If you check out when he wrote “For Us, the Living”, you’ll see he started out with adult stuff he knew wouldn’t get published (or at least, wouldn’t pay the bills), and then turned to juvies. It’s a pretty interesting read from the point of view of someone who’s already read virtually all of his work, to see the characters and topics he wrote about for decades afterwards, and to realize he had all that stuff decades earlier, that it wasn’t something he worked his way towards.

    @something else by someone else :) –

    It’s a big mistake to assume that if something applies to someone who’s “young-at-heart,” it will apply equally well to someone who is actually *young*.

    If you’re referring to me, realize I stated I read all this old RAH stuff when I was a kid (and it was pretty old stuff by that point). I read it knowing it was obsolete, and recognizing the attitudes in it were very different from the time I lived in, and I still enjoyed it quite a bit. I’m the person I am today in large part because of Heinlein’s stories, even though I disagree with him philosophically (or, more accurately, many of his protagonists) on some pretty major points (especially Libertarianism). I’m not sure you can really call RAH a Libertarian, as I suspect a Libertarian wouldn’t come up with a character with the pragmatism of, say, Professor de la Paz. I don’t see any proof (yet) that a supply of higher-quality/more-socially-relevant material for kids prevents a kid from enjoying something ‘obsolete’. Case in point: Harry Potter. That stuff is of marginal quality in many respects (very memorable and sympathetic characters, though), while much better work is out there. If quality was the measure of success, Microsoft wouldn’t be where it is today. I don’t see that that lesson doesn’t apply to literature for juveniles. Whether something is ever presented in a palatable way to a kid is the real issue, like I said – marketing.

    @69 Jeff – Jeffon 30 Mar 2009 at 7:08 pm

    As I am a childless, old bastard that already hollers at kids to get off my lawn, I am forced to consider whether the SFYA genre is for me. There seems vanishingly little chance to come up with a “classic”, that would be untarnished by time, especially given the nature of SF.

    Dude, get to a bookstore and get Scott Westerfeld’s Uglies/Pretties/Specials/Extras books. Also his duology, ‘Peeps’ and ‘Last Days’ (I like the first one best, but YMMV). And there’s a reason Cory Doctorow’s “Little Brother” has been nominated for so many awards. I don’t see how any of these won’t be considered classics in the decades to come.

    @87 Diana –
    Point is, don’t cry for teens — they are getting PLENTY of great spec stuff!

    Are they? Sure, they’re getting _some_ stuff that is great and will be classics (Westerfeld/Doctorow, etc), but are they going to learn the same things as they would reading RAH’s Moon is a Harsh Mistress or Starship Troopers (I don’t know if these are considered juveniles or not – I suspect not – but that’s how old I was when I read them :). You can only have so many teen romance vampire stories before they tend to blur into an indistinct mass, and telling a romantic story aimed at teens, no matter how well done, is unlikely to teach some of the same things as reading a RAH book would. I’m probably just getting crochety, though. Reading things like Clark’s Childhoold’s End also had a pretty big impression on my 13-year-old self, so don’t mistake my enthusiasm for RAH as excluding any of the other masters of that era. They had a certain something.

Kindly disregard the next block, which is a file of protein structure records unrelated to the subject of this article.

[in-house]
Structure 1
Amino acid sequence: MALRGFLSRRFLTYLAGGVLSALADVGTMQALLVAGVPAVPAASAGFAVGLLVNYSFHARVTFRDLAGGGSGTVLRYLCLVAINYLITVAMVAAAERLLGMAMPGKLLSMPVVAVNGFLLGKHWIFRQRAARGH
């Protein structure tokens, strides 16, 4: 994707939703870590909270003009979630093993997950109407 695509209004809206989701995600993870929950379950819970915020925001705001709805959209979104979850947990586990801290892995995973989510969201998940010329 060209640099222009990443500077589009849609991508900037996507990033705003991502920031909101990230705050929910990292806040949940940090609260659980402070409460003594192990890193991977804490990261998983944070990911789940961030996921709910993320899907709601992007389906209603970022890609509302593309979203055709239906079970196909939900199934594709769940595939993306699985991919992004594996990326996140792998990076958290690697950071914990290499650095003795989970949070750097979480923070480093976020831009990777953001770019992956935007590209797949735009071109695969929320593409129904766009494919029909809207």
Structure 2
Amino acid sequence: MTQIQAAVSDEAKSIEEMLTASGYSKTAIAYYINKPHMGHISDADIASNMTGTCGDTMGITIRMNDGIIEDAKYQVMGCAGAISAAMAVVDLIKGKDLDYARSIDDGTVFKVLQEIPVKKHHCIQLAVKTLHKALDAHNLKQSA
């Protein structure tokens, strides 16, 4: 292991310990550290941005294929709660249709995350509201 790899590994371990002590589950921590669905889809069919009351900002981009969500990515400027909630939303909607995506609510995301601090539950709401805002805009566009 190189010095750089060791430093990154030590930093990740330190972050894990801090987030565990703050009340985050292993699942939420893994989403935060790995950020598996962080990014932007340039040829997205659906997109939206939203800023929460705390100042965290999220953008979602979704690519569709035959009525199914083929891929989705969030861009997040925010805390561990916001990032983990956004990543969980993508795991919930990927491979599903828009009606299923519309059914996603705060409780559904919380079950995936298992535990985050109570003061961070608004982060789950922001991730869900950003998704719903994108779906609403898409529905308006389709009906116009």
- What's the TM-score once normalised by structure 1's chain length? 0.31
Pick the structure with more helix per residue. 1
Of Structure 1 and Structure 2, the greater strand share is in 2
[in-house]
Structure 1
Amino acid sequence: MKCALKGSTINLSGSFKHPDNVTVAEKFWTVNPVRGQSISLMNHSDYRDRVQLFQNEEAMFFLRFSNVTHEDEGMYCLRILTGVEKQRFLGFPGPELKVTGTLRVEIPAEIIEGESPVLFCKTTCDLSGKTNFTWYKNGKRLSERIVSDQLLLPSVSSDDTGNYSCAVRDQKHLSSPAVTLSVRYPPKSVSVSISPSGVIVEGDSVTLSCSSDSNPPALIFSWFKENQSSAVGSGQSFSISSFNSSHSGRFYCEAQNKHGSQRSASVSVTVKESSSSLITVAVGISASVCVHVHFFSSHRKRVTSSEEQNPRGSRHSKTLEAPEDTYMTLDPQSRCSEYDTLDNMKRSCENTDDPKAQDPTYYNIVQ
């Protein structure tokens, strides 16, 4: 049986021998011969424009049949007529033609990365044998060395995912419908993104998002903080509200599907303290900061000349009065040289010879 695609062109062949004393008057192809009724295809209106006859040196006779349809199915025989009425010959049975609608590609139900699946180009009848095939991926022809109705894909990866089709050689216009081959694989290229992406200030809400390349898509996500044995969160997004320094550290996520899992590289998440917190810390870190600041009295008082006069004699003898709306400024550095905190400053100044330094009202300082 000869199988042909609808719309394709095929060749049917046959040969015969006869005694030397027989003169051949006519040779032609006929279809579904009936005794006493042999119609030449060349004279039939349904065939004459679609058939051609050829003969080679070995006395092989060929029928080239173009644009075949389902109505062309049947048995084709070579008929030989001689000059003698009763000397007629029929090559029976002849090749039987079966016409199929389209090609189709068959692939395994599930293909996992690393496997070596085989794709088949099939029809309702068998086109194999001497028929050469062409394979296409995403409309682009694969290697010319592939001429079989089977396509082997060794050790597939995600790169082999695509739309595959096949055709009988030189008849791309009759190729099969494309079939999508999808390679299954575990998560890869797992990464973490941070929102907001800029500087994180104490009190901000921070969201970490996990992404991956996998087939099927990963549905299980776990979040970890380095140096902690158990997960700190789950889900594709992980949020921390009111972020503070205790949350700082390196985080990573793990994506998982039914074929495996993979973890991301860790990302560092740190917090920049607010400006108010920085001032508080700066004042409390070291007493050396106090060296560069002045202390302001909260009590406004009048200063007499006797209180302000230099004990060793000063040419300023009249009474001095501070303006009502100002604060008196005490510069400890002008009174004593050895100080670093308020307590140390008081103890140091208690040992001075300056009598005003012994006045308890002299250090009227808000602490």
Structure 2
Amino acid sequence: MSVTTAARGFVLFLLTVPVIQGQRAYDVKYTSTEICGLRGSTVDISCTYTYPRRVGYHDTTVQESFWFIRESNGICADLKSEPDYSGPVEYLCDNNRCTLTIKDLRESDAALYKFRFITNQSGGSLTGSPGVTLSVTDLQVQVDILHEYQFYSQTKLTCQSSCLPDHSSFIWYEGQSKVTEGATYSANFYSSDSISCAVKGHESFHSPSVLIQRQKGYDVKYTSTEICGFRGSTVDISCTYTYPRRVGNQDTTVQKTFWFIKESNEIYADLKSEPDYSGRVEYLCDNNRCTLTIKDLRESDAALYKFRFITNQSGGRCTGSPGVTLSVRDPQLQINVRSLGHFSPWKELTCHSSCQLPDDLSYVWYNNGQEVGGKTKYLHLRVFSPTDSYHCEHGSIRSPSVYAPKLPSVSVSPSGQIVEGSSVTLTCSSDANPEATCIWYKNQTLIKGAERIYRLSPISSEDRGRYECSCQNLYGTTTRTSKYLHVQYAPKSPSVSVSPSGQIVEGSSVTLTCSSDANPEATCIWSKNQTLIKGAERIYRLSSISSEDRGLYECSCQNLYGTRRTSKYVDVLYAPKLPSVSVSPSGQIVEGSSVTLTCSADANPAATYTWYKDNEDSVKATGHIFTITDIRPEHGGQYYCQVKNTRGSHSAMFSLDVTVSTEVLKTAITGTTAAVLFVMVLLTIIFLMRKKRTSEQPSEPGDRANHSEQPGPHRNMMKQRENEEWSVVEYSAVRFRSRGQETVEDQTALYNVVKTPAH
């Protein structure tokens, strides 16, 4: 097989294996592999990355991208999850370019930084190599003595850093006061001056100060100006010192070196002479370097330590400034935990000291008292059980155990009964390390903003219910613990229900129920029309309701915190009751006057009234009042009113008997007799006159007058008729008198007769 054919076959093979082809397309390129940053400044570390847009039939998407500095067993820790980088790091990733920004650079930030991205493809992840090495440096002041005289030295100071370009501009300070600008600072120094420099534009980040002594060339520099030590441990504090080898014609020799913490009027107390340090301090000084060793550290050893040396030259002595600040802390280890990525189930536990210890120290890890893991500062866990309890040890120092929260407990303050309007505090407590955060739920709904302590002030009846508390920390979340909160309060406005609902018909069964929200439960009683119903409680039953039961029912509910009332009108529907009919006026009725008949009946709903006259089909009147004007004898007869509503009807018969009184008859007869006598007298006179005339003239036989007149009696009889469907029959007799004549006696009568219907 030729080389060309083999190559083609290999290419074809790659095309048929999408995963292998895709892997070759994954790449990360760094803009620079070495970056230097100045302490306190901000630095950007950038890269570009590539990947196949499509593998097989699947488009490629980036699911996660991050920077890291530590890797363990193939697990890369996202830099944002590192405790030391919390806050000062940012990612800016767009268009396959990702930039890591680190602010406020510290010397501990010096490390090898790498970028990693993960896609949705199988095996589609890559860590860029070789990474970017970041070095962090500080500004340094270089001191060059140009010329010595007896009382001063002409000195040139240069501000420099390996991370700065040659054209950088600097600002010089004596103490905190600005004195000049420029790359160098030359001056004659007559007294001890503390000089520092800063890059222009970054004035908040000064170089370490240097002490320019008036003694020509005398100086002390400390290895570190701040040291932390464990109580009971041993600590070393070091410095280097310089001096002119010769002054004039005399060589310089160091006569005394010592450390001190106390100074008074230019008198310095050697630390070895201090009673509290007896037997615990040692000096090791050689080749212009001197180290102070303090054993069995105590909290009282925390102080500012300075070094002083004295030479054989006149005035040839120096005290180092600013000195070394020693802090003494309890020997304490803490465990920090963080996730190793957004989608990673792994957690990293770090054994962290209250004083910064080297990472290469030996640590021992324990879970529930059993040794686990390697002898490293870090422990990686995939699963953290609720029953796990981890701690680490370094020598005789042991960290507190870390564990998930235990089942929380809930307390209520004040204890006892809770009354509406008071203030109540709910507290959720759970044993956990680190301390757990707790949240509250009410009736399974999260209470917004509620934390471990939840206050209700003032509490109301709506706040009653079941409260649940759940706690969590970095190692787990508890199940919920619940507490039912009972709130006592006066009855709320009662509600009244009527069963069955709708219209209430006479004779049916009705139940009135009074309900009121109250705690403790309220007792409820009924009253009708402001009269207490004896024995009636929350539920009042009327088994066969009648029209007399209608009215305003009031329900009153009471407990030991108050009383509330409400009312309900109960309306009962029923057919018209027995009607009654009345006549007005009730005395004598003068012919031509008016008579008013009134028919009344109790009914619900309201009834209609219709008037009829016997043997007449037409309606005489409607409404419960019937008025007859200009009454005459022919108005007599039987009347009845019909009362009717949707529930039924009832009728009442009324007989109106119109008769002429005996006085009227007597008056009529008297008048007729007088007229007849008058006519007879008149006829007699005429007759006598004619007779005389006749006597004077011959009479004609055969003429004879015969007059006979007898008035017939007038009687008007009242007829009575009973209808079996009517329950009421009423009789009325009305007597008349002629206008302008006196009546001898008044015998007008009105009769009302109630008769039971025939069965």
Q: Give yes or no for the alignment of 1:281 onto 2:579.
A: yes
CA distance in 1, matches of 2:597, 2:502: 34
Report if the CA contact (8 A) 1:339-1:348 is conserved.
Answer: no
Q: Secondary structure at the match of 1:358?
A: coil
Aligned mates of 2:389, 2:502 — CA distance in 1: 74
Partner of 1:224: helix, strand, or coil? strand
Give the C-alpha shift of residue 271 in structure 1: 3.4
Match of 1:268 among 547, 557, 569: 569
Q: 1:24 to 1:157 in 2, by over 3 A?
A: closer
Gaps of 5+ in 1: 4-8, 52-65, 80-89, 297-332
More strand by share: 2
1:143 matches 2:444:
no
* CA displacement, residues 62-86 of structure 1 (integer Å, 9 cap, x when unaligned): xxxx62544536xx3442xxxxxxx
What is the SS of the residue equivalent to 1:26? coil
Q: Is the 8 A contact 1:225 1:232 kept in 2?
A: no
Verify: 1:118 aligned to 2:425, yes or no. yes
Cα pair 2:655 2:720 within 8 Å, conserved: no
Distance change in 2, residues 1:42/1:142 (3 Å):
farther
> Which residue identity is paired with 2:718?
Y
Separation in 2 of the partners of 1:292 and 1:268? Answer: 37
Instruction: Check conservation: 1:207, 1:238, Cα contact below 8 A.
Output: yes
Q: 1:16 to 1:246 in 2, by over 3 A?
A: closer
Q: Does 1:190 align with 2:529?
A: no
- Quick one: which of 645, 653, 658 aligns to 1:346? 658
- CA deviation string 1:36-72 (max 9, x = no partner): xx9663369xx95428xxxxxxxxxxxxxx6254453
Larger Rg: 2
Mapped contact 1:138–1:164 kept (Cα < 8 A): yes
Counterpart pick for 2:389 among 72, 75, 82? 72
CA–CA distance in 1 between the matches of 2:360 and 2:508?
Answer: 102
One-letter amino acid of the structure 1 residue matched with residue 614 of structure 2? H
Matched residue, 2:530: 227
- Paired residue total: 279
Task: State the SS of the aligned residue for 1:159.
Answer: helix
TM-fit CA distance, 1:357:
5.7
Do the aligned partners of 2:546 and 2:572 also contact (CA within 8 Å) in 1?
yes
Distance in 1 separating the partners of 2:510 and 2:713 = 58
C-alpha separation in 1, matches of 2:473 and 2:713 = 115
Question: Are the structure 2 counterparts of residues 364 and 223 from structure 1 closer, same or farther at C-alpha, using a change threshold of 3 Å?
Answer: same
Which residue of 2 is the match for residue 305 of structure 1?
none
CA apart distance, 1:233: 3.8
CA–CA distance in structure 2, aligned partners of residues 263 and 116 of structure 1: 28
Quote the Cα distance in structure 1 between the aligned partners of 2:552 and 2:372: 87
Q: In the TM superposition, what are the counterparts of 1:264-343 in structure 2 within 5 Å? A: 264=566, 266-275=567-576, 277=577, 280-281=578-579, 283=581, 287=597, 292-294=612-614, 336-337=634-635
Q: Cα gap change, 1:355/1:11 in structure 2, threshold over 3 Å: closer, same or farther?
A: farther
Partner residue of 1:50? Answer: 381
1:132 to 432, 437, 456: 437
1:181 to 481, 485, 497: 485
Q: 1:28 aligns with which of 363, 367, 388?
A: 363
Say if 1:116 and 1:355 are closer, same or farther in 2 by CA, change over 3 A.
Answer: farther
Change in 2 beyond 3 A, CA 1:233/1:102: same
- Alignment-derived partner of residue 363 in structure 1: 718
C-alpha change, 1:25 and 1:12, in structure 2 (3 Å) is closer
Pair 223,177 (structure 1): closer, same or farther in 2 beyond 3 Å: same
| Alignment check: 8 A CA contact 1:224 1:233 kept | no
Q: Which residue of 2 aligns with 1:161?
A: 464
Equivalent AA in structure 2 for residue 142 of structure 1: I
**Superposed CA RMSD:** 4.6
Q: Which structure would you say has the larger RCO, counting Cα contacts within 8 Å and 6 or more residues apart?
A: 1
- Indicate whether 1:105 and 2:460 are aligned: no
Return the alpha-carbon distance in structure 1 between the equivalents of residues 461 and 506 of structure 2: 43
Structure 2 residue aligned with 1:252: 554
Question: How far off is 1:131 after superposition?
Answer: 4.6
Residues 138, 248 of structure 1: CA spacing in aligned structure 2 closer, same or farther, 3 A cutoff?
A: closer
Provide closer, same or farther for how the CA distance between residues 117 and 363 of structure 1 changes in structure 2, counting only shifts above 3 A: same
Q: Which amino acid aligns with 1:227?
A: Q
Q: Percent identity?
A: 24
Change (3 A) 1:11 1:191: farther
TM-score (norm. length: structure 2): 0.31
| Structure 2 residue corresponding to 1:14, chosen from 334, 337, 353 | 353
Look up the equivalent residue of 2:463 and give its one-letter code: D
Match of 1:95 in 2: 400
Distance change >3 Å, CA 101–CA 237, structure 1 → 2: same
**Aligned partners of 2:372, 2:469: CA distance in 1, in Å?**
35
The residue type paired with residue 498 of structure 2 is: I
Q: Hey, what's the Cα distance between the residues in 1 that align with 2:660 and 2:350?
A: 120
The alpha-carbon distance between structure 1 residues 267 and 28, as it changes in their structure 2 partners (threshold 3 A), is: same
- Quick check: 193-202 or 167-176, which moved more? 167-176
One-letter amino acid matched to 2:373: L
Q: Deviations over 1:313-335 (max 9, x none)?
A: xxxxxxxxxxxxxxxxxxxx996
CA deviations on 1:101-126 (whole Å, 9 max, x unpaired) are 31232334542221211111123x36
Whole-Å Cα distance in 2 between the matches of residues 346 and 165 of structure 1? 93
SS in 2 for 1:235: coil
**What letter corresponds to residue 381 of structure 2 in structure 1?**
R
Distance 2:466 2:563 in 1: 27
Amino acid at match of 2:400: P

@95 Hope –

    I quite agree, and that’s what I’d been thinking more as this conversation went on. My point seems unprovable until someone decides to reprint RAH and RAH-like material and market it towards today’s youth. That ain’t gonna happen, though I did note with some glee yesterday that the local bookchain has some newly (2009) prints of E.E. Doc Smith’s Lensman books on the shelves. Right on. Hopefully they’ll go on to reprint some of his more obscure series (Skylark, etc), and perhaps some more obscure authors (Lin Carter, etc.). There’s an amazing amount of fun stuff out there that will likely never see the light of day otherwise.

  101. Following this discussion, I am gradually more curious as to how much the “happy reading older scifi” versus “prefers newer scifi” among the theoretical Young Person ends up dividing by gender lines.

    I can read Shakespeare and be only mildly annoyed by some of the sexism because it took place so long ago, it was like another world. Really, it was another world, and even in his more fantastical plays, the sexism and racism and other -isms are all firmly nailed to his culture.

    But books written in the 50s and 60s and 70s have sexism that feels uncomfortably like the sexism that still exists today. It’s often written by people who are still alive today. And worst of all, its future is my now, or my in-the-future, which makes it even worse: it’s not just a matter of assumed cultural sexism, but that these people who could imagine far-away worlds and alien cultures could not stretch themselves far enough to get past ingrained cultural attitudes about gender. And thus wrote them as assumed and natural and existing in the future.